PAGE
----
Since CEUs are public domain, there are no mandated guidelines for instruction or learning activities. And there’s a preponderance of information and online education programs available today for people to receive CEUs or credit, from reading an article and passing a short quiz (as is the case with Convene‘s monthly CMP Series), to listening to a podcast, attending a webinar, or participating in a selfpaced online course. It’s not a stretch to say CEUs have been commoditized.
Then there is the issue of price, which is all over the board. From my independent research, I’ve found that some organizations charge $50 to $85 per hour of instruction, with the average for trade associations with multiple hours of education and supplemental trade-show revenue in the $20-to-$30- per-hour range.
Online CEU options are often offered for as little as $5 per course hour, or even free of charge. In fact, MIT is offering free education online to anyone who wants to take advantage of its program. Participants can’t earn a degree, but those who demonstrate a mastery of the subject taught will receive an official certificate of completion.
These alternatives to receiving credits via conference attendance drive down the value of premium face-to-face education. Conference organizers that market CEUs or education credits as their main value proposition are not going to be able to maintain registration prices.
And the CEU becomes nothing more than fool’s gold.
CEU Reality Check
Since no government or private agency is charged with setting and enforcing mandatory credentialing standards, the good news is that any organization is free to develop credentialing programs when, how, and for whom it wants. The bad news is that it is incredibly confusing for everyone, since the terminology is applied inconsistently. (See Breakout, at left, for some clarification on terms.)
Another challenge with continuing education programs is that there is not one set of industry standards to guide program development and administration. There are myriad self-appointed organizations, including ANSI, CLEAR, and IACET, each claiming to be the official standard for credentialing. They all require membership as well as ongoing evaluation, regular site visits, maintenance of credentialing records, and ongoing annual fees to distribute their trademarked credentialing requirements.
ASAE’s “Decision to Learn” research, released in 2010, indicated that the higher the level of education that people have, the less likely they are to pursue certification. In other words, the more educated your attendees are, the less likely they want to attend conferences to obtain CEUs.
Similarly, ASAE’s study found that it’s those individuals who are self-employed who are more likely to be certified or seek certification. Professionals in the public sector or from corporations do not feel the same need to attend conference education programs in order to receive CEUs. I have yet to find an organization whose own research proves that CEU acquisition is a major conference draw. In reality, it’s the opposite. Often the ratio of participants involved in pursuing certification is less than 10 percent.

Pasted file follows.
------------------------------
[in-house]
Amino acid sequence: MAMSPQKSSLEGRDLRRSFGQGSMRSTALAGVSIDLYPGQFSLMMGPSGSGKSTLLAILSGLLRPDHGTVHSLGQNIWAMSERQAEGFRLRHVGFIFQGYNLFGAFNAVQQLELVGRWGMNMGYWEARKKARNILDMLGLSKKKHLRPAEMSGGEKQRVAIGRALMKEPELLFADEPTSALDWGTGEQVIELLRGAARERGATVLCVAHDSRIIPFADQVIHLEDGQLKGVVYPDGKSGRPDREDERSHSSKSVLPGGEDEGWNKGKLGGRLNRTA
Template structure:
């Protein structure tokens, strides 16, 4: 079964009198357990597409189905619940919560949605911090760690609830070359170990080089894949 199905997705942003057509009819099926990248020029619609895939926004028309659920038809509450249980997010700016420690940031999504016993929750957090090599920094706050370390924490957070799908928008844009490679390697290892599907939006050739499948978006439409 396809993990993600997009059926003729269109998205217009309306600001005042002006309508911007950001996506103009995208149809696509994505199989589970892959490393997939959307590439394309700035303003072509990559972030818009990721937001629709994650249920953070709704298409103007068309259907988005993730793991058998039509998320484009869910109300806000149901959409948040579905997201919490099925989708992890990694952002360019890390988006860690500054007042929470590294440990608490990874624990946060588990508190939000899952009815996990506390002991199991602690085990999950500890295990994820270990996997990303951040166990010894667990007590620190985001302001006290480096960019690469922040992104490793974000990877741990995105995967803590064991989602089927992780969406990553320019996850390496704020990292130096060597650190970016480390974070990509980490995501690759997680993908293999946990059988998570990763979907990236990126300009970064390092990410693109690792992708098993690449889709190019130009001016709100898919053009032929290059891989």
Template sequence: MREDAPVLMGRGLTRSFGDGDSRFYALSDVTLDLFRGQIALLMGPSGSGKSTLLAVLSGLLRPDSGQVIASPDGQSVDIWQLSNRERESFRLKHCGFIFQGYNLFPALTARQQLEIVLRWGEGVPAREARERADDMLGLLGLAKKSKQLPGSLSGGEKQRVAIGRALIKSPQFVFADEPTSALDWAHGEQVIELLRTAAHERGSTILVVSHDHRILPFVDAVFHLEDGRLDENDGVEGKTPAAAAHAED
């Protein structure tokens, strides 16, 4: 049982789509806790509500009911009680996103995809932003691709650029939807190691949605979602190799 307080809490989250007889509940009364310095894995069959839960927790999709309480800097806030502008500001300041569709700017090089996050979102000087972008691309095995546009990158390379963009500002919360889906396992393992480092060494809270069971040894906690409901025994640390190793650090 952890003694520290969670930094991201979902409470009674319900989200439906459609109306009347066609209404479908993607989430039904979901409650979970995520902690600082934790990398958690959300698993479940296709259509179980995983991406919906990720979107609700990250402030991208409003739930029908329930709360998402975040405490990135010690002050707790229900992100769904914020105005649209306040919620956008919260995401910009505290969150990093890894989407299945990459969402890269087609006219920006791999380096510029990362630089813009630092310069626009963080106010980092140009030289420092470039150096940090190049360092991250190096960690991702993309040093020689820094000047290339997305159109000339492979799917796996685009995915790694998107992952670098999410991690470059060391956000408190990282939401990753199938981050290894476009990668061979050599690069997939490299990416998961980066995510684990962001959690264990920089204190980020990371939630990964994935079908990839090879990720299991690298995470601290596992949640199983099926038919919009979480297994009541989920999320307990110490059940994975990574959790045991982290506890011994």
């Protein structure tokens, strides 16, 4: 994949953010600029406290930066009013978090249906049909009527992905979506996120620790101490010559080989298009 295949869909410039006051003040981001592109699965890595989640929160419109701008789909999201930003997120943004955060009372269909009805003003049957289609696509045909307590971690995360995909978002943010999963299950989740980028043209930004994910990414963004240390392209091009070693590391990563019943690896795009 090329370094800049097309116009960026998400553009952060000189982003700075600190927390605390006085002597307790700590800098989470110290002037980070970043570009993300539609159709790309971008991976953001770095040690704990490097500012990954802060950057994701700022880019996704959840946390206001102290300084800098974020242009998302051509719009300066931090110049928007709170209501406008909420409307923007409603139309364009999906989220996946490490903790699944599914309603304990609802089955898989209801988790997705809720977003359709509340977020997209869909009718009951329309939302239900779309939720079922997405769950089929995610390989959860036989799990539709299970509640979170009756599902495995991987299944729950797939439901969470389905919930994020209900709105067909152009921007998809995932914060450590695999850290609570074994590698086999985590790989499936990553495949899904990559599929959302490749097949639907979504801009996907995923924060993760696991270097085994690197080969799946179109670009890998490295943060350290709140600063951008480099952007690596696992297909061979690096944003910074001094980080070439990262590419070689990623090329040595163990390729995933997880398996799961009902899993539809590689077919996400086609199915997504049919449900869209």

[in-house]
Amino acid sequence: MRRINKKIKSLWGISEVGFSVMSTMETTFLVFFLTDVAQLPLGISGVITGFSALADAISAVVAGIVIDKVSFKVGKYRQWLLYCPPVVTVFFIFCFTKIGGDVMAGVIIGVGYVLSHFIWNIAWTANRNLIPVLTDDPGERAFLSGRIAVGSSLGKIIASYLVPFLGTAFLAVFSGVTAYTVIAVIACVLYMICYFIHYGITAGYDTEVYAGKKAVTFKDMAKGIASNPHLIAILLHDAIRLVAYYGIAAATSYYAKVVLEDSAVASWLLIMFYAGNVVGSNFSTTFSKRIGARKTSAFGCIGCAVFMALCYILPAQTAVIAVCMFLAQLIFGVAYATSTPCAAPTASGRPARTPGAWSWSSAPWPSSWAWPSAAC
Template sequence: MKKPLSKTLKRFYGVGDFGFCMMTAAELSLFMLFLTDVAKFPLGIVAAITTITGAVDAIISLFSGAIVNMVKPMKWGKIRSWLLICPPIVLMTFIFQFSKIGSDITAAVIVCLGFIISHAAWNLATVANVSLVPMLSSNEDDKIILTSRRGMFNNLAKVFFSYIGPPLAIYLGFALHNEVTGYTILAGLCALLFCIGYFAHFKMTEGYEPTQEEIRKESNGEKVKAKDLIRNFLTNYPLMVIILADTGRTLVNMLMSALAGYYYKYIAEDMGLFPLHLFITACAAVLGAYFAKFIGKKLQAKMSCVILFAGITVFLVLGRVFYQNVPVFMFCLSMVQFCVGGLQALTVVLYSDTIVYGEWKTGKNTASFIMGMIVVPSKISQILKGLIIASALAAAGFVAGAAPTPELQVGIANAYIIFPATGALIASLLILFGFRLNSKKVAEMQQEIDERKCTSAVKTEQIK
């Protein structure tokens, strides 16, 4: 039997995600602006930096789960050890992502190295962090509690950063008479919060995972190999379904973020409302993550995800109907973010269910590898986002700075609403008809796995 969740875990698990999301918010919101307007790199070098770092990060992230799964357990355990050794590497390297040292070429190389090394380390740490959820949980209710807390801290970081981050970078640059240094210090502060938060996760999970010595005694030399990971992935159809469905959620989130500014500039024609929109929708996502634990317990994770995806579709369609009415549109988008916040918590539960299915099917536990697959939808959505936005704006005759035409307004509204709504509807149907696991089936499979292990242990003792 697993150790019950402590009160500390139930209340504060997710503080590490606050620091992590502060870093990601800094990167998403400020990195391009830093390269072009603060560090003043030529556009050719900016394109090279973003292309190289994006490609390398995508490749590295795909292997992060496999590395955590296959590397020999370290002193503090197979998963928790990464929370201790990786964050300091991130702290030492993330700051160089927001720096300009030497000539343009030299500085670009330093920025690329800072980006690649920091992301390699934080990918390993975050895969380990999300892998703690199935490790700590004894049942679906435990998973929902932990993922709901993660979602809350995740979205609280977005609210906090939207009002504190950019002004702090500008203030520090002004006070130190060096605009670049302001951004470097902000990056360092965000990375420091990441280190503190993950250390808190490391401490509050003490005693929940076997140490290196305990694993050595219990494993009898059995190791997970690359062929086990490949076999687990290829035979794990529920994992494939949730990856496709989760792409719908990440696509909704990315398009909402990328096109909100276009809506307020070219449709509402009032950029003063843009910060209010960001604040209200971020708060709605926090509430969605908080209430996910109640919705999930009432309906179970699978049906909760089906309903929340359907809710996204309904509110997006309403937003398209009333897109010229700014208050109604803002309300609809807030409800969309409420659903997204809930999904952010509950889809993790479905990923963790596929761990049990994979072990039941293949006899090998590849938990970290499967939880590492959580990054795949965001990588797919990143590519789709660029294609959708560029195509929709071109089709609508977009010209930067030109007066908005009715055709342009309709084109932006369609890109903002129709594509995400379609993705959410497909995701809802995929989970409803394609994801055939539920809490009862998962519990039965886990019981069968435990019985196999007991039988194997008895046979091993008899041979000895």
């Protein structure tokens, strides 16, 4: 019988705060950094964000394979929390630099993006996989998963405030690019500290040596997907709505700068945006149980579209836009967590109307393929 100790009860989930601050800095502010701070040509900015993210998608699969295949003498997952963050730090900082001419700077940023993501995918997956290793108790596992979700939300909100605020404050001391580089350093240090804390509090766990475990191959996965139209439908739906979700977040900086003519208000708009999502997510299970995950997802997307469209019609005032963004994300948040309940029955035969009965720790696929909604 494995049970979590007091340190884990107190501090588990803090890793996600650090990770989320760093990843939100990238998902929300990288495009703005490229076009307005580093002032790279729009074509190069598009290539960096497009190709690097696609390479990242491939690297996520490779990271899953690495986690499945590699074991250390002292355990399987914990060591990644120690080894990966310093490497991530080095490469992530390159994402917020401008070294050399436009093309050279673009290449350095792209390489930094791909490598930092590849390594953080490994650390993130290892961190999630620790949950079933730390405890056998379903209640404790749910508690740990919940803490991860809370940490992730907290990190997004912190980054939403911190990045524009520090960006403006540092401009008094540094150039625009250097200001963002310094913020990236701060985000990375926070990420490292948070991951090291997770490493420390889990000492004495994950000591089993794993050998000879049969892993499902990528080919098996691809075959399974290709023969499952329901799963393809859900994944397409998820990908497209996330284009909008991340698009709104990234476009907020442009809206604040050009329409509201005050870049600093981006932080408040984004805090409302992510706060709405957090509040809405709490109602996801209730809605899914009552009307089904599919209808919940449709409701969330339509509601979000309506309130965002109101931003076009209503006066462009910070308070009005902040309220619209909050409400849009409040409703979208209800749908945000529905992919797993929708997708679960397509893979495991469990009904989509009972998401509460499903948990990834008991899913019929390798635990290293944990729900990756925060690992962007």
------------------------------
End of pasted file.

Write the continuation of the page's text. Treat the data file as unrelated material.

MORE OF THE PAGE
Turning Off Attendees
And sometimes the focus on CEU detracts from the overall quality of the program, instead of offering content that solves attendees’ problems, conference organizers settle on education that simply fulfills certification requirements. When a conference marketing campaign makes gaining CEUs the main takeaway, it may even turn off prospective attendees. Instead, conference marketing should hype the fact that solutions are being offered, not certification credits!
CEUs do become “golden handcuffs” when a government agency has mandatory requirements for a profession to receive annual CEUs to maintain a licensure. But that’s the only time that the CEU may be a magnet for attendees, and even then, there are numerous free-to-low-cost options available that don’t require additional travel expenses or premium registration fees.
Credentialing is an umbrella term most often used to describe various types of formal recognition programs, including accreditation, certification, certificate programs, and licensure.
Accreditation is a volunteer process whereby a third-party organization grants recognition to an organization, system, or program after verifying that it has met predetermined criteria.
A certification is a voluntary process in which an organization grants recognition to an individual after that individual has met eligibility criteria, including demonstrating a minimal degree of competency, possessing a specific number of years of experience and a minimum level of education, and passing an assessment.
A certificate program is an education program that does not provide a degree. It is usually a series of education sessions designed to achieve a specific scope with designated learning outcomes. Upon verifying that specific requirements were met and usually after the individual has passed some type of evaluation, the certificate is awarded.
A licensure is when a governmental agency or its designated agent grants recognition to an individual after verifying that the individual has met eligibility criteria, including demonstrating a minimal degree of competency and passing an assessment. To maintain the license, the individual has to meet ongoing requirements such as CEUs, renewal fees, and retesting. Licensure is a legal mandate.
The Accreditation Council for Continuing Medical Education provides a basic understanding of CME at accme.org/21-century-milestones.